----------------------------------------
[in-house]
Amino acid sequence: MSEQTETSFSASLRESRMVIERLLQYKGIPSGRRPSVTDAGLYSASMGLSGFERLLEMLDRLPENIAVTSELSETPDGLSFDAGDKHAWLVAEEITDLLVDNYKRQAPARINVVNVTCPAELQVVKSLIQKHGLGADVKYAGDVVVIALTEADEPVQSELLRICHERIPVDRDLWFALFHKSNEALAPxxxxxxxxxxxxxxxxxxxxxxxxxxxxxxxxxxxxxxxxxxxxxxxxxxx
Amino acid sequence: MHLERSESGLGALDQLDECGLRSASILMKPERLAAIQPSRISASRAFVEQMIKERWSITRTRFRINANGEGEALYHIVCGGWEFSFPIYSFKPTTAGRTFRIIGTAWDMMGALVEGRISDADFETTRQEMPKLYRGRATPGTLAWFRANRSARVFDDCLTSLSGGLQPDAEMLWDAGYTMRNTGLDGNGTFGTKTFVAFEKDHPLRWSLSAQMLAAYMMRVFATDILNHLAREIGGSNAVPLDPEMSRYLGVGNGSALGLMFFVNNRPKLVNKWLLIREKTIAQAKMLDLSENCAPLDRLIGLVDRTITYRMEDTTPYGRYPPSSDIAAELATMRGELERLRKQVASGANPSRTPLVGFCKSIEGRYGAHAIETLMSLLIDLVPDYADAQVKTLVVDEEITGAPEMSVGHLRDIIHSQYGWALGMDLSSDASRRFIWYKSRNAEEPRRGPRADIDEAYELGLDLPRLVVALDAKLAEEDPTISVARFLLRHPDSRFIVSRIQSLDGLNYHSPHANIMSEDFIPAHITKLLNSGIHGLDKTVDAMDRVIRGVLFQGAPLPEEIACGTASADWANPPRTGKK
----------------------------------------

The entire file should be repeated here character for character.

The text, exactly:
[in-house]
Amino acid sequence: MSEQTETSFSASLRESRMVIERLLQYKGIPSGRRPSVTDAGLYSASMGLSGFERLLEMLDRLPENIAVTSELSETPDGLSFDAGDKHAWLVAEEITDLLVDNYKRQAPARINVVNVTCPAELQVVKSLIQKHGLGADVKYAGDVVVIALTEADEPVQSELLRICHERIPVDRDLWFALFHKSNEALAPxxxxxxxxxxxxxxxxxxxxxxxxxxxxxxxxxxxxxxxxxxxxxxxxxxx
Amino acid sequence: MHLERSESGLGALDQLDECGLRSASILMKPERLAAIQPSRISASRAFVEQMIKERWSITRTRFRINANGEGEALYHIVCGGWEFSFPIYSFKPTTAGRTFRIIGTAWDMMGALVEGRISDADFETTRQEMPKLYRGRATPGTLAWFRANRSARVFDDCLTSLSGGLQPDAEMLWDAGYTMRNTGLDGNGTFGTKTFVAFEKDHPLRWSLSAQMLAAYMMRVFATDILNHLAREIGGSNAVPLDPEMSRYLGVGNGSALGLMFFVNNRPKLVNKWLLIREKTIAQAKMLDLSENCAPLDRLIGLVDRTITYRMEDTTPYGRYPPSSDIAAELATMRGELERLRKQVASGANPSRTPLVGFCKSIEGRYGAHAIETLMSLLIDLVPDYADAQVKTLVVDEEITGAPEMSVGHLRDIIHSQYGWALGMDLSSDASRRFIWYKSRNAEEPRRGPRADIDEAYELGLDLPRLVVALDAKLAEEDPTISVARFLLRHPDSRFIVSRIQSLDGLNYHSPHANIMSEDFIPAHITKLLNSGIHGLDKTVDAMDRVIRGVLFQGAPLPEEIACGTASADWANPPRTGKK